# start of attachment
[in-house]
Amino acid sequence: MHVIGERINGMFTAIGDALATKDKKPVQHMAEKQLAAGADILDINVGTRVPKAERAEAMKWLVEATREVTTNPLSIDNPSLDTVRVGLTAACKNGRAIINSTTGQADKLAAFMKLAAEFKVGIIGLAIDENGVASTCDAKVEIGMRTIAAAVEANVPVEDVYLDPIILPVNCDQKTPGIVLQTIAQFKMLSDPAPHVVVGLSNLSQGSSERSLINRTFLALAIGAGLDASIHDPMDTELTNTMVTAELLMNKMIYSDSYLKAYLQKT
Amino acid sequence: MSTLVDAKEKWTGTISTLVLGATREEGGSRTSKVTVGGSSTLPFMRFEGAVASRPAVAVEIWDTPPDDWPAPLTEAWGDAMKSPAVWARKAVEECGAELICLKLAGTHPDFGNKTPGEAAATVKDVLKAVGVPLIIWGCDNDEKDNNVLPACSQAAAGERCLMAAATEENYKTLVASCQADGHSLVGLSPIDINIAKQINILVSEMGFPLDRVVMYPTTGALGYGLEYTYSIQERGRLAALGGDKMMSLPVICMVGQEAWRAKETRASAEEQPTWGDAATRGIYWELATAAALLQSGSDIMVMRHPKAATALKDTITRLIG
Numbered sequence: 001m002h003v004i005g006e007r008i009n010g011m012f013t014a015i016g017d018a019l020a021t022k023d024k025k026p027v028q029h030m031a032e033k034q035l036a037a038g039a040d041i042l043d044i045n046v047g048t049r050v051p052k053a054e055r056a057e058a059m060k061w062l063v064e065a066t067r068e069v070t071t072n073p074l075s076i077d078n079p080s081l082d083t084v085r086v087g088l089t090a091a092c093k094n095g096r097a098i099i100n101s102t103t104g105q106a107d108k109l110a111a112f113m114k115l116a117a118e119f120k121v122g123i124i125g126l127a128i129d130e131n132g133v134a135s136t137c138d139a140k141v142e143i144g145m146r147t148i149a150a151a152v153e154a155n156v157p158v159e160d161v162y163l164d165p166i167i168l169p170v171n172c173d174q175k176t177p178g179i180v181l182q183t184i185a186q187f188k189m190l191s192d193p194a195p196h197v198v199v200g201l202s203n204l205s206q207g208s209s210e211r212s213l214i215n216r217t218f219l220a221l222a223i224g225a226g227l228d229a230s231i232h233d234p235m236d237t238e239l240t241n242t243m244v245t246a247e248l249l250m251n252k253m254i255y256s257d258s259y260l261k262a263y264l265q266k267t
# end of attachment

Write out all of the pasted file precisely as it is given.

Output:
[in-house]
Amino acid sequence: MHVIGERINGMFTAIGDALATKDKKPVQHMAEKQLAAGADILDINVGTRVPKAERAEAMKWLVEATREVTTNPLSIDNPSLDTVRVGLTAACKNGRAIINSTTGQADKLAAFMKLAAEFKVGIIGLAIDENGVASTCDAKVEIGMRTIAAAVEANVPVEDVYLDPIILPVNCDQKTPGIVLQTIAQFKMLSDPAPHVVVGLSNLSQGSSERSLINRTFLALAIGAGLDASIHDPMDTELTNTMVTAELLMNKMIYSDSYLKAYLQKT
Amino acid sequence: MSTLVDAKEKWTGTISTLVLGATREEGGSRTSKVTVGGSSTLPFMRFEGAVASRPAVAVEIWDTPPDDWPAPLTEAWGDAMKSPAVWARKAVEECGAELICLKLAGTHPDFGNKTPGEAAATVKDVLKAVGVPLIIWGCDNDEKDNNVLPACSQAAAGERCLMAAATEENYKTLVASCQADGHSLVGLSPIDINIAKQINILVSEMGFPLDRVVMYPTTGALGYGLEYTYSIQERGRLAALGGDKMMSLPVICMVGQEAWRAKETRASAEEQPTWGDAATRGIYWELATAAALLQSGSDIMVMRHPKAATALKDTITRLIG
Numbered sequence: 001m002h003v004i005g006e007r008i009n010g011m012f013t014a015i016g017d018a019l020a021t022k023d024k025k026p027v028q029h030m031a032e033k034q035l036a037a038g039a040d041i042l043d044i045n046v047g048t049r050v051p052k053a054e055r056a057e058a059m060k061w062l063v064e065a066t067r068e069v070t071t072n073p074l075s076i077d078n079p080s081l082d083t084v085r086v087g088l089t090a091a092c093k094n095g096r097a098i099i100n101s102t103t104g105q106a107d108k109l110a111a112f113m114k115l116a117a118e119f120k121v122g123i124i125g126l127a128i129d130e131n132g133v134a135s136t137c138d139a140k141v142e143i144g145m146r147t148i149a150a151a152v153e154a155n156v157p158v159e160d161v162y163l164d165p166i167i168l169p170v171n172c173d174q175k176t177p178g179i180v181l182q183t184i185a186q187f188k189m190l191s192d193p194a195p196h197v198v199v200g201l202s203n204l205s206q207g208s209s210e211r212s213l214i215n216r217t218f219l220a221l222a223i224g225a226g227l228d229a230s231i232h233d234p235m236d237t238e239l240t241n242t243m244v245t246a247e248l249l250m251n252k253m254i255y256s257d258s259y260l261k262a263y264l265q266k267t